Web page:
Irving Fisher on Prohibition

Here is one typical passage:

We see from the papers that Prohibition in Norway was given up. Do you know what Prohibition was in Norway? It allowed drinks containing 21 per cent alcohol! The people were so disgusted with the results that they overthrew this “Prohibition.” The heavy drinkers wanted their “personal liberty”; they did not want to stop at 21 per cent. It is easier to stop at one-half of one per cent than at 21. This is the lesson of experience.  The only thing to do is what they did in Kansas – to tighten it up whenever there is an attack on Prohibition. The whole strength of the opposition consists in saying, “It can’t be done; it doesn’t work”; it is not that the object is a bad thing, but that it does not work.  Now the more you tighten it the better it will work, and the more you loosen it up the worse it will work; and therefore the more you will have the very conditions that led to the overthrow of such Prohibition as they had in Norway and Ontario. In Ontario they originally allowed 2.2 per cent beer, then they “loosed up” and allowed 4.4 per cent and now they have loosened up still further.  Experience shows that there is never a stable equilibrium at midway points and never any permanent solution of the liquor problem in a wide-open policy. The only stable equilibrium and permanent solution lies in the utter extermination of the liquor traffic.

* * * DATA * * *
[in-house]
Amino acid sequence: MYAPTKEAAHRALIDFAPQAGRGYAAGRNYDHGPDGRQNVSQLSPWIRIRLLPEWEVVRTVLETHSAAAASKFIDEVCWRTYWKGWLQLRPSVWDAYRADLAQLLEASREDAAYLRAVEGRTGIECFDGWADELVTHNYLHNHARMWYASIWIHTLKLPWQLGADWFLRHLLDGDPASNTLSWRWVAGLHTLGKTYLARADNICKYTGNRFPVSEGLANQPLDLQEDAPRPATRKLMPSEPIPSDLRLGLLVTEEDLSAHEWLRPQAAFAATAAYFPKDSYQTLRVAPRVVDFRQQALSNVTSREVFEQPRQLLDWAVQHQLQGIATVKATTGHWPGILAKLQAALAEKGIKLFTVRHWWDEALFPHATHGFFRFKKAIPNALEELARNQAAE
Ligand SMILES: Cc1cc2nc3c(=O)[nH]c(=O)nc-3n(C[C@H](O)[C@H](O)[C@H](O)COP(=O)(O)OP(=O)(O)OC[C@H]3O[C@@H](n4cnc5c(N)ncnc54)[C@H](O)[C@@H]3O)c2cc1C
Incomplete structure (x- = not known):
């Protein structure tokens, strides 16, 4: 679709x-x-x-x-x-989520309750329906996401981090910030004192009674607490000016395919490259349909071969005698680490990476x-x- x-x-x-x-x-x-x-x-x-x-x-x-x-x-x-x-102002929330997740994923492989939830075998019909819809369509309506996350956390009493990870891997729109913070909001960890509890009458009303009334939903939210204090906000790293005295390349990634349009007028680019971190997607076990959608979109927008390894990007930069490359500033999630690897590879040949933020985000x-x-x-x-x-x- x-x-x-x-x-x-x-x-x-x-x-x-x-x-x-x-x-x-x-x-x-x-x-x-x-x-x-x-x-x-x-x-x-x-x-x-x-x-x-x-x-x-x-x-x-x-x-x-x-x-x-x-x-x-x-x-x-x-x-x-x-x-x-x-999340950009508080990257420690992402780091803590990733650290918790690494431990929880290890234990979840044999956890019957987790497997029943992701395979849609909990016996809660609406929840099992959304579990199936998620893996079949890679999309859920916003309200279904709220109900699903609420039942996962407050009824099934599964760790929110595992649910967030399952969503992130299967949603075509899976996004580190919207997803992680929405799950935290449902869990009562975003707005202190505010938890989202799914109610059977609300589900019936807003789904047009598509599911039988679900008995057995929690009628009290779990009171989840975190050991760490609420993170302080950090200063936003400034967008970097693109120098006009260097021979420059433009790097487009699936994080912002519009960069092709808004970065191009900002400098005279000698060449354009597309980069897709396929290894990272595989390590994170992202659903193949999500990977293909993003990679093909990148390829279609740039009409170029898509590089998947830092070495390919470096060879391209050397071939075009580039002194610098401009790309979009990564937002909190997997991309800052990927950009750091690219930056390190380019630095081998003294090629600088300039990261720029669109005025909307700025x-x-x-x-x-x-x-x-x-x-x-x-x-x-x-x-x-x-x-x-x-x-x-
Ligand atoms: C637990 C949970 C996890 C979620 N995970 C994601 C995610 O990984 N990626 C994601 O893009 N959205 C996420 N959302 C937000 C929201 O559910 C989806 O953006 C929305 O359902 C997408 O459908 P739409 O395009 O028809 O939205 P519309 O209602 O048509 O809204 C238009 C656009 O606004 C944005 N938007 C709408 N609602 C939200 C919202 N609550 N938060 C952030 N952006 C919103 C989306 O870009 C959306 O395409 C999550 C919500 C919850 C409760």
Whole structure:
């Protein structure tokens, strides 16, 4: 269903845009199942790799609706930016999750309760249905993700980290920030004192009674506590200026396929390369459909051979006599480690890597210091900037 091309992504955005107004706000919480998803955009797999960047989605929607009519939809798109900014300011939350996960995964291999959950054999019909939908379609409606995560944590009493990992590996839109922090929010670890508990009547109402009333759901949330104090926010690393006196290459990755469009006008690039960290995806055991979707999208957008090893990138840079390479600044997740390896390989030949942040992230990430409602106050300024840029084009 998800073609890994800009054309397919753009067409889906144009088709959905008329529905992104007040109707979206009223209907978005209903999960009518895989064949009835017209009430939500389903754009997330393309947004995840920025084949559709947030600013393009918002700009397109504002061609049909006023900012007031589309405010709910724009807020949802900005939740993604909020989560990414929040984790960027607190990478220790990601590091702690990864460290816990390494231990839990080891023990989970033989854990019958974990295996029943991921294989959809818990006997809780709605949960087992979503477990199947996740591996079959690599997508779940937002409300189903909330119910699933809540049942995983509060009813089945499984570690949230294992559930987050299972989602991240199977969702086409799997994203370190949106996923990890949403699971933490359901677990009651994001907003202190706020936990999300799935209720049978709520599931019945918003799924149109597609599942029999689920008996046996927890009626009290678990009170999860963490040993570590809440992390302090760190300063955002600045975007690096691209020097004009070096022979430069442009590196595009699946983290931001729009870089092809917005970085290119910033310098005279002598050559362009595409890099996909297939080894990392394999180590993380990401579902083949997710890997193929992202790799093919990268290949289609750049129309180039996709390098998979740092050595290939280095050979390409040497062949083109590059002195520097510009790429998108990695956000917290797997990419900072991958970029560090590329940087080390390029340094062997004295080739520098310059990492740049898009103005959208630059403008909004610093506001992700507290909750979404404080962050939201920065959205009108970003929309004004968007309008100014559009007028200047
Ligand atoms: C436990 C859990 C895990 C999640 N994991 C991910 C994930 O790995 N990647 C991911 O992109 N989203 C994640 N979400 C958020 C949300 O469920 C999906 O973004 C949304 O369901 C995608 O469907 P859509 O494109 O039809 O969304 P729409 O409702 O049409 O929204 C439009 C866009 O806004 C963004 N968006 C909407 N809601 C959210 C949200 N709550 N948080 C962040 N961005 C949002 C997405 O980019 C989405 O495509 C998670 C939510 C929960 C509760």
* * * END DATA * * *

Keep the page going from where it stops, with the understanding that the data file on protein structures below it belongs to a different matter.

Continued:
The link is here (jstor), with a hint of Albert Hirschman on the rhetoric of reaction of course.  Fisher was perhaps America’s greatest economist and one of the country’s greatest progressives, but on these conclusions I do not agree, preferring to side with what Fischer scornfully refers to as “personal liberty.”


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